Allan Gould: Author, Journalist, Lecturer, Speechwriter
Magazines > Interviews > "Margaret Atwood: Write On!"
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Margaret AtwoodMargaret Atwood .... what memories,
what pleasures, what fine writing that name conjures up! Born just a few weeks after the start of World War II, she is now 61, looking radiant and as ageless as many of her finest novels: The Edible Woman. Surfacing. Lady Oracle. Life Before Man. The Handmaid's Tale. Cat's Eye. The Robber Bride. The Blind Assassin. And her collections of short stories! And the poetry!

Fresh from a book tour promoting her latest, best-selling, awardwinning novel The Blind Assassin, Atwood talked with good times' journalist Allan Gould at a little French bistro not far from her mid-town Toronto home.

Q: You won a nice bit of cash that came with Britain's revered Booker Prize recently, didn't you?
A: Twenty thousand pounds -- about $42,000 Canadian. I gave it all: To the World Wildlife Fund. The Sierra Club. The David Suzuki Foundation -- because I'm on the letterhead but never actually gave them anything except my name. The Long Point Bird Observatory. Graeme [Gibson, her partner and father of her daughter Jess] is a birder
and I am somewhat. And to a wonderful group of women on Saltspring Island who did a calendar for which they removed all of their clothes, since this was the only way to get the loggers to pay attention to them! I felt that they really deserved to get some money for doing that.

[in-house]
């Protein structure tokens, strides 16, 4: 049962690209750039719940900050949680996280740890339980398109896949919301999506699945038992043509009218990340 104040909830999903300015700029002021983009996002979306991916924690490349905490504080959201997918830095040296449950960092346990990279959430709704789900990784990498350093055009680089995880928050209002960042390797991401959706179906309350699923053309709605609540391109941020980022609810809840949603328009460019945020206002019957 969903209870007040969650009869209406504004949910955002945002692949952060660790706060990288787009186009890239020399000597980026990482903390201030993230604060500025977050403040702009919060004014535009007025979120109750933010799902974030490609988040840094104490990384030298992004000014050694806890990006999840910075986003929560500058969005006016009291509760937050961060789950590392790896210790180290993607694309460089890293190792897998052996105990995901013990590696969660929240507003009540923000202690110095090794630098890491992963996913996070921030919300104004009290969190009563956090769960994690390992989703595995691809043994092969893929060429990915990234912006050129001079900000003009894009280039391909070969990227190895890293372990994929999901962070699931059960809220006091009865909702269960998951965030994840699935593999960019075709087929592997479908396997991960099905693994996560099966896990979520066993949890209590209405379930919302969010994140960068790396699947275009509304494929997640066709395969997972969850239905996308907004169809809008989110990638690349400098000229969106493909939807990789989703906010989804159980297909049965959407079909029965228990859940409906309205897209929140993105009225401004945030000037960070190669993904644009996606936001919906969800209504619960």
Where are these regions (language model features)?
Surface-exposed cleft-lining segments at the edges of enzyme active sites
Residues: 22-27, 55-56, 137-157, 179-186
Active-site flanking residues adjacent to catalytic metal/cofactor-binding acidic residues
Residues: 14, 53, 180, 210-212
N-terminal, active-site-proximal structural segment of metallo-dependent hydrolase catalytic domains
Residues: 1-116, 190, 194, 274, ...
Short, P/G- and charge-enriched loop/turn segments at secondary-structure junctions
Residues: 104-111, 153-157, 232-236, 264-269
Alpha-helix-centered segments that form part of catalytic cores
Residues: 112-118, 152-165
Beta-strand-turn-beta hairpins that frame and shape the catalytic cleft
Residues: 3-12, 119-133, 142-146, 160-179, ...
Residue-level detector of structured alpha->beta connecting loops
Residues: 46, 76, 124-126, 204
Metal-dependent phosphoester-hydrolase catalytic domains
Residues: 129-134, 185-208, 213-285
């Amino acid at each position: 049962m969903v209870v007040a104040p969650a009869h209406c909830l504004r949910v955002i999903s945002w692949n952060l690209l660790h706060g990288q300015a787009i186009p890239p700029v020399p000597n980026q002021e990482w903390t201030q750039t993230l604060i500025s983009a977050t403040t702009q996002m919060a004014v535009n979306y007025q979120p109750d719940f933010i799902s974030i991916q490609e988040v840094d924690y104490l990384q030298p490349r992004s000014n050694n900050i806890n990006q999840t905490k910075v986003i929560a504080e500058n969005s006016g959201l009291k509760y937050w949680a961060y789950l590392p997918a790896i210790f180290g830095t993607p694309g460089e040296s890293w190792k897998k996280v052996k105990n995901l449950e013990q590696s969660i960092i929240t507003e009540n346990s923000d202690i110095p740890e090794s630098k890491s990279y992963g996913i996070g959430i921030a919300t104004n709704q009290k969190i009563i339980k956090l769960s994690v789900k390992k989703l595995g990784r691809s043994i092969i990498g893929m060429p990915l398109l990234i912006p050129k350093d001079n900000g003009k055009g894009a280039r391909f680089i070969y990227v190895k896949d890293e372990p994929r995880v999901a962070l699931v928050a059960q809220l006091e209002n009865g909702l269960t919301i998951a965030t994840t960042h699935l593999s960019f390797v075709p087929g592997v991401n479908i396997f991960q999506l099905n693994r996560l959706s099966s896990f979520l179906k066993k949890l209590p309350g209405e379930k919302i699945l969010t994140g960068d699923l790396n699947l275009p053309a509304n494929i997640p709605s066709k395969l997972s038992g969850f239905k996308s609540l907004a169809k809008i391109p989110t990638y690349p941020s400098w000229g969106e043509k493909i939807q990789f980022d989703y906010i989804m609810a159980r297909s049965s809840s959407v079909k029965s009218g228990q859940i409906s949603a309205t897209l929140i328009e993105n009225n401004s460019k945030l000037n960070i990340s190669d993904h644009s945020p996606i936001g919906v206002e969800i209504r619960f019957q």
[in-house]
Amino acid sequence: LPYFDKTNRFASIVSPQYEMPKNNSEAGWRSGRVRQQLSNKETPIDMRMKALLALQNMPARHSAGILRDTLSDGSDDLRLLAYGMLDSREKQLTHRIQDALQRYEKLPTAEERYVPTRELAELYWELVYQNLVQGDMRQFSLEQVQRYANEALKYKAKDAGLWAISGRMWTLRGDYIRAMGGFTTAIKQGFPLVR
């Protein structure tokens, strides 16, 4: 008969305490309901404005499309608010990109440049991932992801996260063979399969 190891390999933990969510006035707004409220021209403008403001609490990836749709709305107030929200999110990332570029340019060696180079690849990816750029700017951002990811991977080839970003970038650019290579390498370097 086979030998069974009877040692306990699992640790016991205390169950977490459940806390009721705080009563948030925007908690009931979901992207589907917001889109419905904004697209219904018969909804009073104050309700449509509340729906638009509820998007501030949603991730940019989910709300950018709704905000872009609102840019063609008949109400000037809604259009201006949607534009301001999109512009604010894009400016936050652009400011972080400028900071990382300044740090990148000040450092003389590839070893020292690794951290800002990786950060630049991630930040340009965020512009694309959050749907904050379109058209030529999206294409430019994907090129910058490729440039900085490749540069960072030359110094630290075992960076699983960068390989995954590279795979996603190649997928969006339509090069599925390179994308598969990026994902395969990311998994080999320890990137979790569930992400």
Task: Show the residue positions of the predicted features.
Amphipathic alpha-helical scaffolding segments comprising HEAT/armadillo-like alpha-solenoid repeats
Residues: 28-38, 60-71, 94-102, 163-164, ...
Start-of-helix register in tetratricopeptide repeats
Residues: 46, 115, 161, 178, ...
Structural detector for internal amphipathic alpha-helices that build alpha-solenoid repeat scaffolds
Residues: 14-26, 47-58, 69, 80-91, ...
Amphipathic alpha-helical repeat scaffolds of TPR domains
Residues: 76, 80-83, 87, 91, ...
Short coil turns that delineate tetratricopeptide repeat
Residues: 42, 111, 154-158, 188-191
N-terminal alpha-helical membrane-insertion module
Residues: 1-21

Q: Of course, winning the Booker tends to increase sales of a book...
A: Not just tends! One could say, "unequivocally!" There was a real spike in sales right after the prize was awarded, and Amazon.com put it on its Web site. I think Amazon gets to a lot of people who live in smaller places which lack bookstores.

Q: In the early 1980s, you said, "I go canoeing every summer in Quebec. I used to sew a lot, paint a lot. I cook, but only when Graeme lets me into the kitchen." Are these things still true?
A: He doesn't let me in anymore. I used to do all the desserts, but we don't eat desserts much anymore. He does let me in, in December, because I make a lot of cookies. We still go to Quebec, up North, but don't canoe as much; it's a knee thing. We still canoe some, but not the epic voyages we used to do. We do a lot of walking. We do not jog -- it's bad for the knees. I don't sew or paint anymore; this may come as a shock to you, but I've been writing a lot! [laughing] It keeps me busy.

Q: You don't take many vacations, yet you once spent a year in France...
A: Let me see. We went to France in the beginning of the 1990s, maybe '91, and spent the school year there, essentially. I was writing Robber Bride at that time. And whenever I go away, I'm writing something.

Q: In Bodily Harm, you described a Toronto couple we both know, where the husband was a professor and his wife, a judge. Do you slide in loved ones or dear friends as characters in your novels?
A: If they've asked to be slid in, if they wish to make an appearance. That friend once said to me, "Put me in one of your books!" My sister-in-law once begged me, "Put me into one of your books, only make me 21 and a blonde!" For a character of any length, they are never real people anyway. They are composites, inventions, all of those things; they are not real. What I did for my friends was a joke.

Q: Have you become a vegetarian?